The other day, I was deep in conversation with a friend of mine who is a native Maori New Zealander. The origin of Manuka honey was introduced into our discussion because it has received a lot of attention lately in many health and wellness publications.
My friend’s eyes rolled back in their sockets as he sighed and breathed deeply of some imaginary aphrodisiac. When he was finished remembering an experience long past, he looked at me and proceeded to describe this incredibly intoxicating scent that permeated the New Zealand forests where the native Manuka bushes grew. He told me how his friends would collect the flowers from the bushes, and the honey from the bee hives.
Manuka honey is a hot topic! The press and media are raving about the therapeutic and medicinal properties of Manuka. The question is other than tasting incredible, does Manuka honey deserve the accolades it is generating worldwide? And if so, which Manuka honey should you invest in, and what should you look out for when choosing one of many new brands of Manuka on the market?
Here are some facts to consider. Manuka is a mono-floral honey that originates from an unspoiled and pollution-free region in New Zealand. The nectar of the Manuka tree/bush is collected by native bees introduced from Europe, and is unprocessed with active antibacterial properties. The honey appears to be “thixotropic” in nature and quite viscous like a paste. Unless Manuka honey is heated, it cannot be poured, but spread with a knife or spoon. The active ingredient in Manuka that gives it its antibacterial therapeutic property is called Methylglyoxol. The levels of methylglyoxol will determine whether or not the Manuka you choose is authentic and medicinal in nature.
In recent years, The University of Waikato in New Zealand has performed many studies on Manuka honey. They have determined that it does benefit health in several ways but only when the Manuka is active at 10+ Bio and higher. You can purchase Manuka honey that is as high as 20+ Bio. The UMF rating will tell you whether or not the quality of the honey is low or high. According to scientists, not all Manuka honey shares this antibacterial factor. Consumers must look for Manuka that is from New Zealand and has been tested and proven to be either “ordinary” or “active”. To be labeled Manuka honey, 70% of its pollen must come from Lepto spermum scoparium.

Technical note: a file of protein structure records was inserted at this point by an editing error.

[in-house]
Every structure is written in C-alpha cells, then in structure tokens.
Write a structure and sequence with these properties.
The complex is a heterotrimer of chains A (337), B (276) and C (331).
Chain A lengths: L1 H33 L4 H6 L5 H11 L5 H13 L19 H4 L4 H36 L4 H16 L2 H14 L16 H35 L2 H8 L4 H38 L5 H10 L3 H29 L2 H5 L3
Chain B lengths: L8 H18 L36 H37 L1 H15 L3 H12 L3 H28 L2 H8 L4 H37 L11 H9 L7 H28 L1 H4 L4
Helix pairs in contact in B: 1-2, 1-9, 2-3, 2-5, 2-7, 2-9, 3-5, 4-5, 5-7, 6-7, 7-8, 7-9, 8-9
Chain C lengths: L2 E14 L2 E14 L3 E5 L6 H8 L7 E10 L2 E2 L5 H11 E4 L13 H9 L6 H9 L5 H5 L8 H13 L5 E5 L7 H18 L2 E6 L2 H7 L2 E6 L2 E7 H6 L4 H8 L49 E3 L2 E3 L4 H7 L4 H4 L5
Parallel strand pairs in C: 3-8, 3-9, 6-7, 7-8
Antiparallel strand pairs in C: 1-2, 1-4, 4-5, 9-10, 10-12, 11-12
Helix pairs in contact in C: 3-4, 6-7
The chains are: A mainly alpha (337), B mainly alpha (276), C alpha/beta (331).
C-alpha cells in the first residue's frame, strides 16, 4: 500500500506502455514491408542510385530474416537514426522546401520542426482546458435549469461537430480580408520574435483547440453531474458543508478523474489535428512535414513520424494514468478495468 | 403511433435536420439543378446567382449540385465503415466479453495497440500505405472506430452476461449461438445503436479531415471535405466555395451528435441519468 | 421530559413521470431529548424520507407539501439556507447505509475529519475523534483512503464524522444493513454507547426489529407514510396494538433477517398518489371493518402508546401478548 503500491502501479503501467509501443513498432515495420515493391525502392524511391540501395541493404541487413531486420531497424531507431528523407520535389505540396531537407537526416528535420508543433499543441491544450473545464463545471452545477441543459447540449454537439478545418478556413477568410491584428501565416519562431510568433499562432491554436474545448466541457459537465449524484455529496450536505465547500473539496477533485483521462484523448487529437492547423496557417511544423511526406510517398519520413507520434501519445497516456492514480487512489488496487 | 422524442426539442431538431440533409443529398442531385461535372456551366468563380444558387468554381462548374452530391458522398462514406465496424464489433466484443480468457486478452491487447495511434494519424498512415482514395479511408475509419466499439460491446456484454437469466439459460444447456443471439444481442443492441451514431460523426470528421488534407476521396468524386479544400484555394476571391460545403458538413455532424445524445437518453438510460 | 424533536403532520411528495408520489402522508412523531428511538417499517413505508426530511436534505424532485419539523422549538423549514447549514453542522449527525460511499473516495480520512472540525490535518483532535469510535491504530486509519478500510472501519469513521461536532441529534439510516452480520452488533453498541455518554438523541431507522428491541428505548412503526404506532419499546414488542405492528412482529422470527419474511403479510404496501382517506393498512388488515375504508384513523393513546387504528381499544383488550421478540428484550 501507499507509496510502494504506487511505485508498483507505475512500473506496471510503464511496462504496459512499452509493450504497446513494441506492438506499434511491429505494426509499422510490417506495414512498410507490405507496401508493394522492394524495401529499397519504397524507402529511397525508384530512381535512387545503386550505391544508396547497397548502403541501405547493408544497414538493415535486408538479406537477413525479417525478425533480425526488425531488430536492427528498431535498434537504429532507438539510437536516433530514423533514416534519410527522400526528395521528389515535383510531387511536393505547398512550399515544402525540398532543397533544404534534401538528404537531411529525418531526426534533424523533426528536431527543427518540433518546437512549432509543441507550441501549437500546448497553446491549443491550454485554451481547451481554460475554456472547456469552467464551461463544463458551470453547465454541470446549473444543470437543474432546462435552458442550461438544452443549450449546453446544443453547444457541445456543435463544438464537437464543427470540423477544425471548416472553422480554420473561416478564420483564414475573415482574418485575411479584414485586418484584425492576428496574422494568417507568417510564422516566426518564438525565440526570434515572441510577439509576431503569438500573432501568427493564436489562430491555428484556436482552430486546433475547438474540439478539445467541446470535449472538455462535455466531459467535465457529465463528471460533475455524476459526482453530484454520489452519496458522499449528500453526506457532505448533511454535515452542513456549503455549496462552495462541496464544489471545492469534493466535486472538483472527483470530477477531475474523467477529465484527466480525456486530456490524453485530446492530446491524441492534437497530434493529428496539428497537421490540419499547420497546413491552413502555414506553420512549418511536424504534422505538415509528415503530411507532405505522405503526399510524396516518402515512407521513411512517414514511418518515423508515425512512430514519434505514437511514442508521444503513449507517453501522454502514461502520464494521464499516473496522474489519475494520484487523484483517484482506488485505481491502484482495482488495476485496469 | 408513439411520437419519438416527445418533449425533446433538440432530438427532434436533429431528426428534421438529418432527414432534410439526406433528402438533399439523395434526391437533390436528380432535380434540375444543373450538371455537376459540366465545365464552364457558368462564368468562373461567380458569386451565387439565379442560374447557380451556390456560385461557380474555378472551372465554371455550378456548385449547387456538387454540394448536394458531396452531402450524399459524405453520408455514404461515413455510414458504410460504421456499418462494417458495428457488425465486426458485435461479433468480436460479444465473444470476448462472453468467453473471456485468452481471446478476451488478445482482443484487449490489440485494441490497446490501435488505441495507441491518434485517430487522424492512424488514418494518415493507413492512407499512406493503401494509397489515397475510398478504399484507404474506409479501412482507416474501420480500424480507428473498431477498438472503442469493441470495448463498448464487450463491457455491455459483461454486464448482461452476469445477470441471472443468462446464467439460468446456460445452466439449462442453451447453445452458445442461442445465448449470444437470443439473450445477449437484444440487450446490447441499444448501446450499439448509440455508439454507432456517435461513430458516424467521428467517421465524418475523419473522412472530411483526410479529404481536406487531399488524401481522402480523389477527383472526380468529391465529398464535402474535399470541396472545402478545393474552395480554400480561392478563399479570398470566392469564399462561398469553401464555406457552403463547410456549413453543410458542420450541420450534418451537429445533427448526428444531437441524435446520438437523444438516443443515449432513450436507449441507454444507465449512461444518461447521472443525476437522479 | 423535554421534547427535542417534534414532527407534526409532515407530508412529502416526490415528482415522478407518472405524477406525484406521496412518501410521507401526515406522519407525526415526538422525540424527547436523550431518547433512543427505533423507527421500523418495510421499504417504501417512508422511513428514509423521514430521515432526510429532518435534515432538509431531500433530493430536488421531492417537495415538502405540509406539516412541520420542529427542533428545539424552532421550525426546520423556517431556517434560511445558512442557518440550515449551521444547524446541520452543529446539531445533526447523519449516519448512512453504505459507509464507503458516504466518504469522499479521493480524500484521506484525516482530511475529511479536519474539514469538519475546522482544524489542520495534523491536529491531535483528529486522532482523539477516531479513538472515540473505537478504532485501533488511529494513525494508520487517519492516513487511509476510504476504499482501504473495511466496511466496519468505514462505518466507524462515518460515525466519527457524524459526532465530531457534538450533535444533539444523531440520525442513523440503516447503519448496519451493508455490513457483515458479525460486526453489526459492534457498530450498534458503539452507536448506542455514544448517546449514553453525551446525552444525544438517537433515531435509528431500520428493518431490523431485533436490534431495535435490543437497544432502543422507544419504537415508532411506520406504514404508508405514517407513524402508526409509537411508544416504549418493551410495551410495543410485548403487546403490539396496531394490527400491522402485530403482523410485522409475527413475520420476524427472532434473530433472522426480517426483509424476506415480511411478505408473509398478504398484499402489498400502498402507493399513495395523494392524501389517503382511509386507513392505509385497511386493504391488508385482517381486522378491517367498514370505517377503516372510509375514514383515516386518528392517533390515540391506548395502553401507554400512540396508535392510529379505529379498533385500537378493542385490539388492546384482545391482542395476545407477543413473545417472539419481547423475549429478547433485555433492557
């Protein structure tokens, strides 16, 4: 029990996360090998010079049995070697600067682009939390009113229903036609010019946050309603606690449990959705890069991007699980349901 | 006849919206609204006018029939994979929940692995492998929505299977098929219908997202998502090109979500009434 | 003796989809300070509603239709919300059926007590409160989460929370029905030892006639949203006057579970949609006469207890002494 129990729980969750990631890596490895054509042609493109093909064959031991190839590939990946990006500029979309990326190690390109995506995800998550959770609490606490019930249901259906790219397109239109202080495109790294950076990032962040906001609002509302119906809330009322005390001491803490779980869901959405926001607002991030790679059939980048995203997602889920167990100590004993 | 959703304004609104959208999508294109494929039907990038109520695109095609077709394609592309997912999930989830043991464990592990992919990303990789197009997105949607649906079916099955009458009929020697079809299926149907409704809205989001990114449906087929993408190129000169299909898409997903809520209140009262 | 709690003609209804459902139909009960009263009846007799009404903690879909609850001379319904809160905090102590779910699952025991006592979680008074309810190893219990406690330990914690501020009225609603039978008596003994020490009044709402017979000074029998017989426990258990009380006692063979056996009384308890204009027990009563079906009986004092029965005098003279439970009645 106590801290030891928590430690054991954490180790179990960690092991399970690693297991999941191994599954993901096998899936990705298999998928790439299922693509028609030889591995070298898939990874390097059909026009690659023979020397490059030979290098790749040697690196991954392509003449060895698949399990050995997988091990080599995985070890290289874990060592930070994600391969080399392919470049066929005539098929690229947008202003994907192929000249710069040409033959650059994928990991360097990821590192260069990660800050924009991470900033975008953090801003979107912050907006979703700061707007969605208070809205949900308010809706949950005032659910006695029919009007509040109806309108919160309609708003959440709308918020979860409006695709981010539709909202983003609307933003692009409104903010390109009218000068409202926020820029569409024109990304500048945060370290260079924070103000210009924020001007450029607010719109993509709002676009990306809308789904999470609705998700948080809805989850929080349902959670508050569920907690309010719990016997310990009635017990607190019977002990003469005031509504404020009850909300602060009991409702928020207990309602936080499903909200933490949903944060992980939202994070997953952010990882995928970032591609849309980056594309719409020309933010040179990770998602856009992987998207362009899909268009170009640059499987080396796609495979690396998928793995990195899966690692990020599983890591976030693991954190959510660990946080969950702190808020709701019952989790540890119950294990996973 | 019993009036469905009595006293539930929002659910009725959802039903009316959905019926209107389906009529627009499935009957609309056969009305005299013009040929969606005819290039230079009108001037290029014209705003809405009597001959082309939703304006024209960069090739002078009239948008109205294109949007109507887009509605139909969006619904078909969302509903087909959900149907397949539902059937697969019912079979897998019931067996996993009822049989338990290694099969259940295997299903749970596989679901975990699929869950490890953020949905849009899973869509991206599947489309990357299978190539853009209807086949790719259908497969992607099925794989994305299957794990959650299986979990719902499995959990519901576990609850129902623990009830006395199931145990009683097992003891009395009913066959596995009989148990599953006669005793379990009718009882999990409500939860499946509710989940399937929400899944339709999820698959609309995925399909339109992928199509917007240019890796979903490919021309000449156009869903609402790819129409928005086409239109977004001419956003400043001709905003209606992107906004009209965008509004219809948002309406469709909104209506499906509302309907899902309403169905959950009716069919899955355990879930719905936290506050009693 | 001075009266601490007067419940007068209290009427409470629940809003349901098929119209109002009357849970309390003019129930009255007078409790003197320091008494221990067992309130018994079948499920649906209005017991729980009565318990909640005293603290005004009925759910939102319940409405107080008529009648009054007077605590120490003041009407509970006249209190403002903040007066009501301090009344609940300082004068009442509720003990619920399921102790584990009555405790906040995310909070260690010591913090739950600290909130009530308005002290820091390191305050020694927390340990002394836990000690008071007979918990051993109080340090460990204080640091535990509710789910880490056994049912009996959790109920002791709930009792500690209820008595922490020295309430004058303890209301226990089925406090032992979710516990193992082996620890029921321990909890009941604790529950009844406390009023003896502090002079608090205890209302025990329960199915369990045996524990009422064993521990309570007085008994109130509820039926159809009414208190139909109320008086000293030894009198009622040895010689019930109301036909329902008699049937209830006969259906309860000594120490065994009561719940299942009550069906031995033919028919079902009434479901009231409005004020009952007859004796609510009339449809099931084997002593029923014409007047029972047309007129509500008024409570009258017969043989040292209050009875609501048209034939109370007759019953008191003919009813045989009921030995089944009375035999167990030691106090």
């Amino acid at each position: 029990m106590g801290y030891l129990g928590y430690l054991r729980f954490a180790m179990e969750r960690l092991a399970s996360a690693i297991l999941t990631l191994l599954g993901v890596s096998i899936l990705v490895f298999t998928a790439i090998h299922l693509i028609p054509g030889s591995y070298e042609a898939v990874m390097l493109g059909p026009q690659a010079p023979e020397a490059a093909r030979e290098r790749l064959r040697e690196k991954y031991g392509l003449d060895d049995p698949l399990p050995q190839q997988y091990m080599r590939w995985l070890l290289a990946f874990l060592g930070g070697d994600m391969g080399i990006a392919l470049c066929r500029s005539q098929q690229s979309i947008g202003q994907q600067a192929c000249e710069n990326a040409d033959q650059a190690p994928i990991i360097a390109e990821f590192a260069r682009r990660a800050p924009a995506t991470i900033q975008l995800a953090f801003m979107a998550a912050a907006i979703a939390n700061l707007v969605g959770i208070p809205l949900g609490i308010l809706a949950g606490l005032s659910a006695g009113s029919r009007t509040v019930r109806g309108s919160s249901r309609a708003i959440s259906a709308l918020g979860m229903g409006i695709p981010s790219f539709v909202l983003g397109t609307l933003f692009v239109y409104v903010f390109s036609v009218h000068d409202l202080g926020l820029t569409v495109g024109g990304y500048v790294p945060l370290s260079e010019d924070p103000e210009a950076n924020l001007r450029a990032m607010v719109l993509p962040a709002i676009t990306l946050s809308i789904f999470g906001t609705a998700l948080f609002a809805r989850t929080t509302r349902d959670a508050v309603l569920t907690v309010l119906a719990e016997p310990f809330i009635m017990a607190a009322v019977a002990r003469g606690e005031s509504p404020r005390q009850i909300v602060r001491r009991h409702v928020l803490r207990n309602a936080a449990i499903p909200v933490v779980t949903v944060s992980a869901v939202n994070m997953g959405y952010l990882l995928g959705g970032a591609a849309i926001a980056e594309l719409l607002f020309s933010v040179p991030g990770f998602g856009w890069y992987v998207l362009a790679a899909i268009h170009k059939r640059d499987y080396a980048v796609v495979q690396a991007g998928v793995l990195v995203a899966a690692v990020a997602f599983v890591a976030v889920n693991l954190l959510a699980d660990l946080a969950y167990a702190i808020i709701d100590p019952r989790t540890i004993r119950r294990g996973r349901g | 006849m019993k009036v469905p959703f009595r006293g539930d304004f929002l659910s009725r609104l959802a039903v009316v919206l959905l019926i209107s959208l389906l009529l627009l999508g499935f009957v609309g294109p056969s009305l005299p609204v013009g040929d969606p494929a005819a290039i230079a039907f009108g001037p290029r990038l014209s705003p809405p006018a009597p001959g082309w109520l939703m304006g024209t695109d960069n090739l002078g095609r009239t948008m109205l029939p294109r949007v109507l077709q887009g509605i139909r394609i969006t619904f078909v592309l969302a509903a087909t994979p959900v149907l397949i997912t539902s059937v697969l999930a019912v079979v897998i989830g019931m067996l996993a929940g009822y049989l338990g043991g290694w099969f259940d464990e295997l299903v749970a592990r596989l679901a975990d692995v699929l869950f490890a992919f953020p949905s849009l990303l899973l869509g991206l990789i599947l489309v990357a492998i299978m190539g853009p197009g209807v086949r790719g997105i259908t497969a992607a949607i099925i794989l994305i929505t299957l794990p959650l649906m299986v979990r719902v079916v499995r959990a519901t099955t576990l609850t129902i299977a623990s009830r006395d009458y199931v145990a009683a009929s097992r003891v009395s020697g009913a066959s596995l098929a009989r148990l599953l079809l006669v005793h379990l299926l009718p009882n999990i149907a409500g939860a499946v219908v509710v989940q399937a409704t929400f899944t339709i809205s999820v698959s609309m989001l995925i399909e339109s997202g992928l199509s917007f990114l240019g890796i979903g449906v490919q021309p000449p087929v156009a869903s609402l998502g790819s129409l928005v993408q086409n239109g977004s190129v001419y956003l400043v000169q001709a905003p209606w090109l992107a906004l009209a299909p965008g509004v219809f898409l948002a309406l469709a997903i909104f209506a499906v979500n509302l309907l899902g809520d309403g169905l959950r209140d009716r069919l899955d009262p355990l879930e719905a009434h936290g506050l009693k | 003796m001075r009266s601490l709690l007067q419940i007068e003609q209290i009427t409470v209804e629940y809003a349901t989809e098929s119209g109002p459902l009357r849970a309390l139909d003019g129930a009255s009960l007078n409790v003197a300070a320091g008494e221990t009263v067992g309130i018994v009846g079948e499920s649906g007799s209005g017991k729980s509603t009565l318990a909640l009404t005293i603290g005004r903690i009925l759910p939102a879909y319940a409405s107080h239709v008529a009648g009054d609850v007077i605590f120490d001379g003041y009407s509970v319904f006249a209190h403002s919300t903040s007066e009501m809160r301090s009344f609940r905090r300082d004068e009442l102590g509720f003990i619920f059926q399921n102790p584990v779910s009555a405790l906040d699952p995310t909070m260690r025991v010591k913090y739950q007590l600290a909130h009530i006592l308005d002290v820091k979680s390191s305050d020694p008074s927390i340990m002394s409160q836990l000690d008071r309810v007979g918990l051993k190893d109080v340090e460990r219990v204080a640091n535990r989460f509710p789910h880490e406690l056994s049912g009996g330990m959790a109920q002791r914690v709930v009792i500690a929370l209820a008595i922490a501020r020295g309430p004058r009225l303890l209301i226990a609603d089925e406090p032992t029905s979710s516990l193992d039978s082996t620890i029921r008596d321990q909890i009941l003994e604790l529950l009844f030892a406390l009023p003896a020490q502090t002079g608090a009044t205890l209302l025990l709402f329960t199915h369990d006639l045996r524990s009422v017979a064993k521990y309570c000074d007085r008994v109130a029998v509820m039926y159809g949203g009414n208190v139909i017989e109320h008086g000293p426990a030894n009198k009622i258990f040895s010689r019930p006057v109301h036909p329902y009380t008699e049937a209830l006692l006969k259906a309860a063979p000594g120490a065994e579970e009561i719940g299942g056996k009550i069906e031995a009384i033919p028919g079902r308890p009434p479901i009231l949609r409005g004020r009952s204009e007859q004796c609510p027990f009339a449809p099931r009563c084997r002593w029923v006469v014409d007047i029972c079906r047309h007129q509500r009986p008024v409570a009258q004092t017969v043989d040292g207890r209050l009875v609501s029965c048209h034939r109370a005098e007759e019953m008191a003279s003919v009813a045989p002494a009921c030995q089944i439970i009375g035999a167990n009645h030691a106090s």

Beware of impostors. Ever since Manuka has exploded on the health and wellness scene, many indistinguishable knockoffs have been introduced at lower cost to consumers. Kanuka is one such impostor. Other blends have been developed, some using straight honey from regular bee hives. Real Manuka is not cheap and you are making an investment in your health if you choose to purchase it. But remember, once you start using Manuka you won’t want to settle for regular honey ever again.
“Apitherapy” is the term given to describe treatment with honey, and has been used for centuries by cultures around the world. I can remember when I was a child my mother would give me honey and lemon in a shot of whiskey. I’m sure the only medicinal property in her remedy was that it knocked me out! Regular comb honey is straight sugar and does not share the same properties and benefits as Manuka honey does.
Manuka honey is being used to heal superficial wounds and burns, fend off super-bugs like the flu, assisting in dental hygiene because of its ability to fight plaque formation, and also to help in treating cancer patients.
The first Manuka I purchased came from a Super Supplements health food store. It cost $23.00 for 500 grams and was only Bio Active 5+. The manager claimed that she couldn’t get any that was stronger. Since then, I’ve found several good websites that offer high-grade Manuka from New Zealand and are Active Bio 20+! One company is called Wedderspoon. You can also purchase high-grade Manuka honey from Amazon. The Manuka in the photo is the brand I’m currently using. Check it out. It’s delicious!